Expanding on his having Anderson back him in his run again this time for the Baldwin board, Schumacher said that not once has Anderson voted in his 17 years on the Princeton Township board to “spend tax money on a personal project touching his property.”
Schumacher charged that Swanson “runs the township like a CEO of a company.”
It would have been better if Swanson had abstained from voting on the 112th Street project and had worked harder to convince the entire board why they should all vote for it, Schumacher said.
The 112th Street project is not a bad one, it’s just “how we got there,” Schumacher continued. “It’s like being treated like employees of Jay’s company. There needs to be a team. Randy (Atwood) is a rubber stamp for Jay. If we followed the road plan like we should there wouldn’t be a 112th Street project this year. We would be doing 100th.”
Atwood said he is pleased by the election outcome in which he won against Schumacher. “Most of the people like the way things are going,” Atwood said. “They think I’ve been doing a good job. They feel there’s progress in Baldwin.”
One example is Baldwin in recent time extending the number of miles of Class A roads in Baldwin eight to 42 miles, Atwood said.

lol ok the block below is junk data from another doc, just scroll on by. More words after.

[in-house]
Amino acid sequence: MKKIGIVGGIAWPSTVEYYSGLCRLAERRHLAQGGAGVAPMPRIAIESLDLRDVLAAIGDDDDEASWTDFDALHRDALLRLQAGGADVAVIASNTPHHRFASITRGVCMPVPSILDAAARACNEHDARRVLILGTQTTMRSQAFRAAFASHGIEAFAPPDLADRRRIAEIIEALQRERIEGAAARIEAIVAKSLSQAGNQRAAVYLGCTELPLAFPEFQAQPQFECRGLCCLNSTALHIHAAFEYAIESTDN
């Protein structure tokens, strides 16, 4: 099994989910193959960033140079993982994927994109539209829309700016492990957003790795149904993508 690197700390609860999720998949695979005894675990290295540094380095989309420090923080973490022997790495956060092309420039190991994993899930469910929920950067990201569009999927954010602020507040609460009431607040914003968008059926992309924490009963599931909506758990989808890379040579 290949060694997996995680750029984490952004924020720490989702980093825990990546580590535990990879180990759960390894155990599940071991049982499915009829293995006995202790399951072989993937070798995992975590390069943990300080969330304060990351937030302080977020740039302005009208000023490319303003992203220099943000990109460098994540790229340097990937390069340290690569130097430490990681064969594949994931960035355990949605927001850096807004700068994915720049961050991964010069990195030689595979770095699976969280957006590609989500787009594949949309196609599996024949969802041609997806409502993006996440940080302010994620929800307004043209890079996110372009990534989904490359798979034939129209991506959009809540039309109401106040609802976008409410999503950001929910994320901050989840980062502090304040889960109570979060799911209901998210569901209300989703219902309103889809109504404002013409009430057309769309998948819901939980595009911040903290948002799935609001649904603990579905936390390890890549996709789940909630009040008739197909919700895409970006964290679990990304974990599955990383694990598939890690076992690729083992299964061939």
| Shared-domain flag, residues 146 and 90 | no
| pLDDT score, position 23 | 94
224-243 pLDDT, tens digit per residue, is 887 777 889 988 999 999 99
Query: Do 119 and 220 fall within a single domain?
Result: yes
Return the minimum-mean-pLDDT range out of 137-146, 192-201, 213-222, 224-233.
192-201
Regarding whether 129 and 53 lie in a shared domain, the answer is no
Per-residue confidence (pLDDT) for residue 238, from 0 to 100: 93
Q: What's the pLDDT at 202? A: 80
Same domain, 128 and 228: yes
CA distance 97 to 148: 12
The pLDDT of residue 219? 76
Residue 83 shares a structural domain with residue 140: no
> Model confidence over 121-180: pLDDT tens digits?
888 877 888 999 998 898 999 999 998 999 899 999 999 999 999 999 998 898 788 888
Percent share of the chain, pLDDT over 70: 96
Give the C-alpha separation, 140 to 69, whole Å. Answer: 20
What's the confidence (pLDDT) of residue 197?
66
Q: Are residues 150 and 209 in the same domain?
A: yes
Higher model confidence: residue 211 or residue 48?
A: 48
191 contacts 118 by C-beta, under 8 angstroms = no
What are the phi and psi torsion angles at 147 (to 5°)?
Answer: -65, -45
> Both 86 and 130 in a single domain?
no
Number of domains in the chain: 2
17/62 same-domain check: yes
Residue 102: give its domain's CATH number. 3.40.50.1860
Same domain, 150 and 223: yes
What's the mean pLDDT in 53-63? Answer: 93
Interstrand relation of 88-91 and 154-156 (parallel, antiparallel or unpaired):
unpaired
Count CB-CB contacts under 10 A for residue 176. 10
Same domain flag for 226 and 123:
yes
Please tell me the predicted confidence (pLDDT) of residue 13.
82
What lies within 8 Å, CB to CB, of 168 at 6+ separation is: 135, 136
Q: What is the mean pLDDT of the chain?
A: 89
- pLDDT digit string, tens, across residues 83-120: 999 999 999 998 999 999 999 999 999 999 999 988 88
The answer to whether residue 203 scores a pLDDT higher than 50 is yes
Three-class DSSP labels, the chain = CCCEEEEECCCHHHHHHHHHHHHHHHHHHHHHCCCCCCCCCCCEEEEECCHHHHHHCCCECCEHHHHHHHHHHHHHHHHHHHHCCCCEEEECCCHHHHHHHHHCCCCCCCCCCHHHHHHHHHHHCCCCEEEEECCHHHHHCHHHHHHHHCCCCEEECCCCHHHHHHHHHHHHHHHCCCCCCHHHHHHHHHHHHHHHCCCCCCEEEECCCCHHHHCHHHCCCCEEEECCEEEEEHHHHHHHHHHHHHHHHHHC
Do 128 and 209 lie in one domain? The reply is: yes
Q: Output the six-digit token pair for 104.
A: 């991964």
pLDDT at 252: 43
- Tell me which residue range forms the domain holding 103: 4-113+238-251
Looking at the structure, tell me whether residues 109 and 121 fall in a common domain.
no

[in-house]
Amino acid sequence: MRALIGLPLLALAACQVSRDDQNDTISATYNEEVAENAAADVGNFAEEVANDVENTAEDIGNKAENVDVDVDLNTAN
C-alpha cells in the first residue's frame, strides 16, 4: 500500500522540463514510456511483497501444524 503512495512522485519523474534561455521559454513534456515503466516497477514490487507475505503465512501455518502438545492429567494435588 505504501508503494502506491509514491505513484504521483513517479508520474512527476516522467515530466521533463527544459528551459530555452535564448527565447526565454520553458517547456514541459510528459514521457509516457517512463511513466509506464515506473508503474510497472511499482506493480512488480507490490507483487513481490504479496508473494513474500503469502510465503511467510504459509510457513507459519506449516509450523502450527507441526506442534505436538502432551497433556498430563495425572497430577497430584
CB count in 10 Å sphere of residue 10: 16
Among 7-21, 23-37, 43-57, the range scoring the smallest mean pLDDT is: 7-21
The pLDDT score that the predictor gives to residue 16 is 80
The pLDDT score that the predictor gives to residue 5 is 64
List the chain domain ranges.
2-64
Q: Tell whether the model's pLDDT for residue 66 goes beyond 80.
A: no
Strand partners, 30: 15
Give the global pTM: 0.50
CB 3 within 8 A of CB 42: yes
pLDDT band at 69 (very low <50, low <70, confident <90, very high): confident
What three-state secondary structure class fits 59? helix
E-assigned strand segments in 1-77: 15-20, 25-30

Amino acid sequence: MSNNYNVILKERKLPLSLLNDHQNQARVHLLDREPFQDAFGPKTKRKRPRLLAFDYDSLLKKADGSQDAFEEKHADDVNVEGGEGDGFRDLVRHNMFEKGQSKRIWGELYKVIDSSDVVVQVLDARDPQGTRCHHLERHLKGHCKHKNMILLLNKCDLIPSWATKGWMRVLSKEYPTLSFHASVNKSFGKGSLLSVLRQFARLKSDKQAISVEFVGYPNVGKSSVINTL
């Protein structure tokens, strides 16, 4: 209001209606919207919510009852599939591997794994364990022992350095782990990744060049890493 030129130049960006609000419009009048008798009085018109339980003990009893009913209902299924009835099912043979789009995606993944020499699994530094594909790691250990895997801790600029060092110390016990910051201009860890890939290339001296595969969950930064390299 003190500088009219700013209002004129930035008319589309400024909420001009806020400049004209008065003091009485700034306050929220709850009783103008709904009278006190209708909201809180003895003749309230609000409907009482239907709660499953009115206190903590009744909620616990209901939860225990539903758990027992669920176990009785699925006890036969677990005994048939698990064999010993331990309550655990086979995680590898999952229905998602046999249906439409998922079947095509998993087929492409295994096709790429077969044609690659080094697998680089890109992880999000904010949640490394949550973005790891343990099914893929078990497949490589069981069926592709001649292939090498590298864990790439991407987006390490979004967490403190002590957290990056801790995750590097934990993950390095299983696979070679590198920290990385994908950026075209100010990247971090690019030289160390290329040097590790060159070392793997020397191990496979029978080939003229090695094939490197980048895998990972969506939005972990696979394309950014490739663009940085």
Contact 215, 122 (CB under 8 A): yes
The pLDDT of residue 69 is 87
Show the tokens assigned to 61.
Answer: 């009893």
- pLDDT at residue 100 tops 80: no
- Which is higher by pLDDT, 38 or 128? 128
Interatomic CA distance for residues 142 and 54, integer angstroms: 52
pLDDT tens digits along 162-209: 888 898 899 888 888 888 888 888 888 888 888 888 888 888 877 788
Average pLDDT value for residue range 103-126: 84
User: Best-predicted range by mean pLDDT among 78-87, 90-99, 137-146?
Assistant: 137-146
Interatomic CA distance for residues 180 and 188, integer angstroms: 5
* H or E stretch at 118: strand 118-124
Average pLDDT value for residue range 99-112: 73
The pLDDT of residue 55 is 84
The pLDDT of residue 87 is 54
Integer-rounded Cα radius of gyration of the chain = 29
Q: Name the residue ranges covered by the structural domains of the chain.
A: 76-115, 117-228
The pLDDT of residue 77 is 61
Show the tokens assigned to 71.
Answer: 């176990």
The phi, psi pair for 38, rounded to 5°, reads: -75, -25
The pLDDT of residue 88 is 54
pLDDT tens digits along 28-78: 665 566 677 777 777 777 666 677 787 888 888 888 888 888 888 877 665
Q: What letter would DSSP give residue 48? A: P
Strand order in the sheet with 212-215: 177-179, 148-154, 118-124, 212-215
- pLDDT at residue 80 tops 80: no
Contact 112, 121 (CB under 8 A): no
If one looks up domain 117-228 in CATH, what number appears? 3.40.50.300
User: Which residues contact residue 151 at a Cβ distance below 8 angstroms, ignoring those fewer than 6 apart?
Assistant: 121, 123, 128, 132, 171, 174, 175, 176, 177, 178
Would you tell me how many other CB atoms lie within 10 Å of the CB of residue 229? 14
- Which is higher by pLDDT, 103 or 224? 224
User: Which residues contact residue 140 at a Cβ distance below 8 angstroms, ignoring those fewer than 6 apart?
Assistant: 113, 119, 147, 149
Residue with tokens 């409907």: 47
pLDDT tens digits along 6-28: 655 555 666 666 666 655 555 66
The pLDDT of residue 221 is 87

Looking ahead, Atwood said Baldwin “has a lot of irons in the fire,” naming the effort to draft a comprehensive plan as one. Baldwin’s planning commission has been working hard to lay the groundwork for that, he said. Atwood also talked about the work ahead at Young Park, and answering questions about the tension that has existed at times over the years between the city of Princeton and Baldwin regarding boundaries said this: The two entities have come to agreements on some basic things already and that is the approach to take, to work on one piece at a time, Atwood said. Princeton, for example, has concluded it will not annex into the township unless someone in the township petitions for it, nor will the city annex land that is not contiguous to the city’s boundary, Atwood said.
Atwood, responding to Schumacher’s remark that Atwood is a “rubber stamp” for Swanson, called that “good campaign fodder.” Atwood added that he, Atwood, has voted a number of times in opposition to Swanson’s votes on different things and that a person has to consider the rubber-stamp comment as coming from someone who lost the election. Schumacher saw some “divisiveness” in the tie vote on the board before Swanson broke it in the 112th Street project vote and tried to capitalize on that, Atwood said. Atwood also charged back at Schumacher’s comments on Atwood’s work for Baldwin by saying he hasn’t seen Schumacher around Baldwin town hall much other than about when it is time to file for election.